Sound familiar? Well, here’s good news. Giant mortgage investors Fannie Mae and Freddie Mac have low-down-payment plans known as HomeReady and Home Possible Advantage. Either one could be key to your getting out of your rental apartment and buying a house or condo sooner than you think. Check out the basics of Fannie’s program: Start with the 3 percent down payment. There’s no minimum cash contribution requirement out of your wallet. You can supplement your cash on hand with gifts from relatives or other sources. You can also increase your effective income for qualification purposes by including so-called “boarder” or in-house rental payments. Another point of flexibility: Say you are part of an extended family, and there will be other household members living in the house with you who earn incomes but don’t want to be a co-borrower. You can use their documented earnings to increase the maximum debt-to-income ratio (DTI) you’re allowed on your loan. As you might suspect, that kind of underwriting flexibility comes with some requirements. HomeReady and Home Possible Advantage are targeted at moderate-income primary residence buyers — first-timers, minority purchasers, extended family groups and other “underserved” borrowers — so not everybody can participate. In designated low-income census tracts, there is no income limitation. Both programs also require some form of homeownership credit education: either an online course or, under Fannie’s latest version, counseling sessions with any of a network of housing counselors around the country. Source: Ken Harney, The Nation’s Housing

Americans want bigger houses. Or at least that’s what they’re getting. The median size of a new single-family house was 2,467 square feet last year, the biggest on record, according to recently released Census Bureau data. With all that floor space, homes are 61% larger than the median from 40 years earlier and 11% larger than a decade earlier. “McMansion” may not be a popular term post-housing bust. But American homes have not only been getting larger, they’re also including more bathrooms and amenities such as air conditioning. Some 93% of new houses had air conditioning in 2015 compared with 46% in 1975. About 96% of new homes last year had at least two bathrooms versus 60% four decades earlier. That may go some way toward explaining rising prices. The median sales price of a new home was $296,400 last year, according to Census, a new high. Even when adjusted for inflation, new-home prices hit a record last year. Source: The Wall Street Journal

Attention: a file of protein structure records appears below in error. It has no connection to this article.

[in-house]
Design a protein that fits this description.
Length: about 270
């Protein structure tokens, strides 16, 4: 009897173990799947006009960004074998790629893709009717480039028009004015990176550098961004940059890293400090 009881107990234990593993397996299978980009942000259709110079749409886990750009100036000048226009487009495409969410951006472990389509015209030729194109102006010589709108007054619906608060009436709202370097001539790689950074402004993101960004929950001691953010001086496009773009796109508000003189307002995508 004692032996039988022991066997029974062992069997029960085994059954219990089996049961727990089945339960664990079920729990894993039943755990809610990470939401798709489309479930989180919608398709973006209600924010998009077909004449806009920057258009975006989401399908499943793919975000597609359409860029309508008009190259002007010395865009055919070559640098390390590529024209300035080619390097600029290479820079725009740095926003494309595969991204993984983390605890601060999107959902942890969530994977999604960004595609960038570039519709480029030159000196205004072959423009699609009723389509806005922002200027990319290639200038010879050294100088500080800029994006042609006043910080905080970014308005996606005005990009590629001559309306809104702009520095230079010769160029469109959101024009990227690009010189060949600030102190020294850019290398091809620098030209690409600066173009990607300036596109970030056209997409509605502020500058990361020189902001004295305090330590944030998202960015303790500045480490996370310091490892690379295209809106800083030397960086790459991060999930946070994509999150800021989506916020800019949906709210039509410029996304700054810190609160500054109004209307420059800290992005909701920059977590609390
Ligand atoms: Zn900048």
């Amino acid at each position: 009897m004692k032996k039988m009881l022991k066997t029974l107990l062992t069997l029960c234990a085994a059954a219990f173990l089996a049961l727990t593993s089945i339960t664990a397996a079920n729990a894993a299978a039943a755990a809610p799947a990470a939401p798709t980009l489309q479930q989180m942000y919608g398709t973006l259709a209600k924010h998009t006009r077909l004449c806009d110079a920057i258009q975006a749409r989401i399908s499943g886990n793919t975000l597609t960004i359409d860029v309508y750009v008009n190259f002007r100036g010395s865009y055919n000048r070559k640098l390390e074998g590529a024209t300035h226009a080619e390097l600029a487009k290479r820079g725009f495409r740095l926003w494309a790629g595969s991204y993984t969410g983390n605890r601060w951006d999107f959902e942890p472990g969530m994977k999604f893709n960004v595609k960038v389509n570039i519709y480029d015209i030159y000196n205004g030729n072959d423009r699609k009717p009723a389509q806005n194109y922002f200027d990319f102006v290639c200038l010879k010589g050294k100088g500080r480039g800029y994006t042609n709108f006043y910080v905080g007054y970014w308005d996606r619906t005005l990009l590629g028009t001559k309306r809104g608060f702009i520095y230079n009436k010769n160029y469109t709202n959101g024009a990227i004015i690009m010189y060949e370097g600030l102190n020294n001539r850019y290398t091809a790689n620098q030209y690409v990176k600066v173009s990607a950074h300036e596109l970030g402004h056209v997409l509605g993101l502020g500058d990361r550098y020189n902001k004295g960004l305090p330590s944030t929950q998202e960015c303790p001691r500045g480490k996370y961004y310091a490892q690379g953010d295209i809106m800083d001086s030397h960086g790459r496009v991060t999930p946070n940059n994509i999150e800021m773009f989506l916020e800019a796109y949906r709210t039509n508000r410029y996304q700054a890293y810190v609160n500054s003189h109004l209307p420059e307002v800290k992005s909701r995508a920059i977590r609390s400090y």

Weekly Mortgage and Real Estate Report – Week of August 5, 2016

The Employment Situation and YellenThe Chairperson of the Board of Governors of the Federal Reserve System, Janet Yellen, recently caused quite a debate in the markets with a recent speech indicating that she believed the case for an increase in the federal funds rate has strengthened in recent months. The debate not only centered around whether a rate increase was justified based upon the strength of the economy, but also when the increase might happen. For example, while the latest data have indicated some strength within areas such as consumer spending, we are still talking about an economy which has grown at a 1.0% annual rate thus far this year.

These types of speeches by the Fed are supposed to contribute to the organization’s transparency so that the markets are not surprised by Fed activity such as increasing rates. More often than not, the statements in these speeches just create confusion, especially when the economy’s performance is as muddled as it is at the present time. Yellen did not say a rate increase was coming this month, but certainly the markets saw the possibility of a September increase on the rise.